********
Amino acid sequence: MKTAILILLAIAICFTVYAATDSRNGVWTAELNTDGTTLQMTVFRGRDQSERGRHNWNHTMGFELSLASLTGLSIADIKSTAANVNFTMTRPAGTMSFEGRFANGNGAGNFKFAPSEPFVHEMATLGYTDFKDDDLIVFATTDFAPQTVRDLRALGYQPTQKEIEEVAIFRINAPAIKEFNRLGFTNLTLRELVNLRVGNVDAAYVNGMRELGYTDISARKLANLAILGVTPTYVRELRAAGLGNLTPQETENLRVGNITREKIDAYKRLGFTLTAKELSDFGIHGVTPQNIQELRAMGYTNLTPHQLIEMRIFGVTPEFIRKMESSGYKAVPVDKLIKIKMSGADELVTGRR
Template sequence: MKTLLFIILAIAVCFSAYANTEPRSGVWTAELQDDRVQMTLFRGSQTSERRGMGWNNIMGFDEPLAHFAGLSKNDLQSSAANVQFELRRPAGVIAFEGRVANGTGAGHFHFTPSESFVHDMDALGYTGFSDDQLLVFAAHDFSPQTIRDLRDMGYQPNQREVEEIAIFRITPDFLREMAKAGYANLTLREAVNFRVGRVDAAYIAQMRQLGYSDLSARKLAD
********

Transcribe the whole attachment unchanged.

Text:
Amino acid sequence: MKTAILILLAIAICFTVYAATDSRNGVWTAELNTDGTTLQMTVFRGRDQSERGRHNWNHTMGFELSLASLTGLSIADIKSTAANVNFTMTRPAGTMSFEGRFANGNGAGNFKFAPSEPFVHEMATLGYTDFKDDDLIVFATTDFAPQTVRDLRALGYQPTQKEIEEVAIFRINAPAIKEFNRLGFTNLTLRELVNLRVGNVDAAYVNGMRELGYTDISARKLANLAILGVTPTYVRELRAAGLGNLTPQETENLRVGNITREKIDAYKRLGFTLTAKELSDFGIHGVTPQNIQELRAMGYTNLTPHQLIEMRIFGVTPEFIRKMESSGYKAVPVDKLIKIKMSGADELVTGRR
Template sequence: MKTLLFIILAIAVCFSAYANTEPRSGVWTAELQDDRVQMTLFRGSQTSERRGMGWNNIMGFDEPLAHFAGLSKNDLQSSAANVQFELRRPAGVIAFEGRVANGTGAGHFHFTPSESFVHDMDALGYTGFSDDQLLVFAAHDFSPQTIRDLRDMGYQPNQREVEEIAIFRITPDFLREMAKAGYANLTLREAVNFRVGRVDAAYIAQMRQLGYSDLSARKLAD